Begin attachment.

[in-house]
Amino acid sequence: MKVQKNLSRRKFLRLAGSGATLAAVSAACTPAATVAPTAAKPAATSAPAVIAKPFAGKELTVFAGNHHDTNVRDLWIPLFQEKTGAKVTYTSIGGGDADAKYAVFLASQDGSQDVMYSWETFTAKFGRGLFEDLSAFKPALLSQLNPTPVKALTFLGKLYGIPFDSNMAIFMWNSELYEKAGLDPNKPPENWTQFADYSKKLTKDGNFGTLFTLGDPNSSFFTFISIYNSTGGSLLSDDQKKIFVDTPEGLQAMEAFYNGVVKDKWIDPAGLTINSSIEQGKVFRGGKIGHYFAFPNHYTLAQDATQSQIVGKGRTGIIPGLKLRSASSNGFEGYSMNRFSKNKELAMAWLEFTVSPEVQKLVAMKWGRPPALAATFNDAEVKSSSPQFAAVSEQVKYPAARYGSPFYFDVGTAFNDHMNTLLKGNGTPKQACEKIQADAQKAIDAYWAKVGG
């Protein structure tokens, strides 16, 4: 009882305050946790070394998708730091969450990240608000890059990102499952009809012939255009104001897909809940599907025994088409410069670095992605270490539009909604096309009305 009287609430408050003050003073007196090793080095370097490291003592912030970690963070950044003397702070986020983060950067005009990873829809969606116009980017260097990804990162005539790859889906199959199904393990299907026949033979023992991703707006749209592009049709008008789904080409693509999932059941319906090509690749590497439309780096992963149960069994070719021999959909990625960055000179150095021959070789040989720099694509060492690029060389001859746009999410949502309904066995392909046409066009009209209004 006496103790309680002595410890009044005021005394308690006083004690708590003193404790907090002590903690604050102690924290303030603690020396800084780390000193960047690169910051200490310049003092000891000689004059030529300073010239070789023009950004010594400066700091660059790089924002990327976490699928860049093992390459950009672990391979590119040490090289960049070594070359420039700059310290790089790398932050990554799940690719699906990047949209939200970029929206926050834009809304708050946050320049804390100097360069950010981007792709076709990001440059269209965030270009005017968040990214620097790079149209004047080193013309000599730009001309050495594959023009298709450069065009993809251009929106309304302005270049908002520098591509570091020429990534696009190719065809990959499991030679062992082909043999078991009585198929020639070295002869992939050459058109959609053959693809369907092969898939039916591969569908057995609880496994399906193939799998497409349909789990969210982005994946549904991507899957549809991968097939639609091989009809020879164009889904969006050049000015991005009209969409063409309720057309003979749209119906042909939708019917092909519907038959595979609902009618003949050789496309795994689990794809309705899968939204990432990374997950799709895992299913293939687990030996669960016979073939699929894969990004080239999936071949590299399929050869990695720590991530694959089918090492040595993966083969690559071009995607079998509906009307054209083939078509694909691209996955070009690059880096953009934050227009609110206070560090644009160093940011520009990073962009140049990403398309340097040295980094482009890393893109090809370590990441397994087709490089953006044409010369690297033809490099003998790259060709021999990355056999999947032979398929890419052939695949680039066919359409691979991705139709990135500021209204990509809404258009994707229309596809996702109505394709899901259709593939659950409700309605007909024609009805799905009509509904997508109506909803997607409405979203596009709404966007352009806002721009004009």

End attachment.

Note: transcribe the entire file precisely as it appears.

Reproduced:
[in-house]
Amino acid sequence: MKVQKNLSRRKFLRLAGSGATLAAVSAACTPAATVAPTAAKPAATSAPAVIAKPFAGKELTVFAGNHHDTNVRDLWIPLFQEKTGAKVTYTSIGGGDADAKYAVFLASQDGSQDVMYSWETFTAKFGRGLFEDLSAFKPALLSQLNPTPVKALTFLGKLYGIPFDSNMAIFMWNSELYEKAGLDPNKPPENWTQFADYSKKLTKDGNFGTLFTLGDPNSSFFTFISIYNSTGGSLLSDDQKKIFVDTPEGLQAMEAFYNGVVKDKWIDPAGLTINSSIEQGKVFRGGKIGHYFAFPNHYTLAQDATQSQIVGKGRTGIIPGLKLRSASSNGFEGYSMNRFSKNKELAMAWLEFTVSPEVQKLVAMKWGRPPALAATFNDAEVKSSSPQFAAVSEQVKYPAARYGSPFYFDVGTAFNDHMNTLLKGNGTPKQACEKIQADAQKAIDAYWAKVGG
């Protein structure tokens, strides 16, 4: 009882305050946790070394998708730091969450990240608000890059990102499952009809012939255009104001897909809940599907025994088409410069670095992605270490539009909604096309009305 009287609430408050003050003073007196090793080095370097490291003592912030970690963070950044003397702070986020983060950067005009990873829809969606116009980017260097990804990162005539790859889906199959199904393990299907026949033979023992991703707006749209592009049709008008789904080409693509999932059941319906090509690749590497439309780096992963149960069994070719021999959909990625960055000179150095021959070789040989720099694509060492690029060389001859746009999410949502309904066995392909046409066009009209209004 006496103790309680002595410890009044005021005394308690006083004690708590003193404790907090002590903690604050102690924290303030603690020396800084780390000193960047690169910051200490310049003092000891000689004059030529300073010239070789023009950004010594400066700091660059790089924002990327976490699928860049093992390459950009672990391979590119040490090289960049070594070359420039700059310290790089790398932050990554799940690719699906990047949209939200970029929206926050834009809304708050946050320049804390100097360069950010981007792709076709990001440059269209965030270009005017968040990214620097790079149209004047080193013309000599730009001309050495594959023009298709450069065009993809251009929106309304302005270049908002520098591509570091020429990534696009190719065809990959499991030679062992082909043999078991009585198929020639070295002869992939050459058109959609053959693809369907092969898939039916591969569908057995609880496994399906193939799998497409349909789990969210982005994946549904991507899957549809991968097939639609091989009809020879164009889904969006050049000015991005009209969409063409309720057309003979749209119906042909939708019917092909519907038959595979609902009618003949050789496309795994689990794809309705899968939204990432990374997950799709895992299913293939687990030996669960016979073939699929894969990004080239999936071949590299399929050869990695720590991530694959089918090492040595993966083969690559071009995607079998509906009307054209083939078509694909691209996955070009690059880096953009934050227009609110206070560090644009160093940011520009990073962009140049990403398309340097040295980094482009890393893109090809370590990441397994087709490089953006044409010369690297033809490099003998790259060709021999990355056999999947032979398929890419052939695949680039066919359409691979991705139709990135500021209204990509809404258009994707229309596809996702109505394709899901259709593939659950409700309605007909024609009805799905009509509904997508109506909803997607409405979203596009709404966007352009806002721009004009």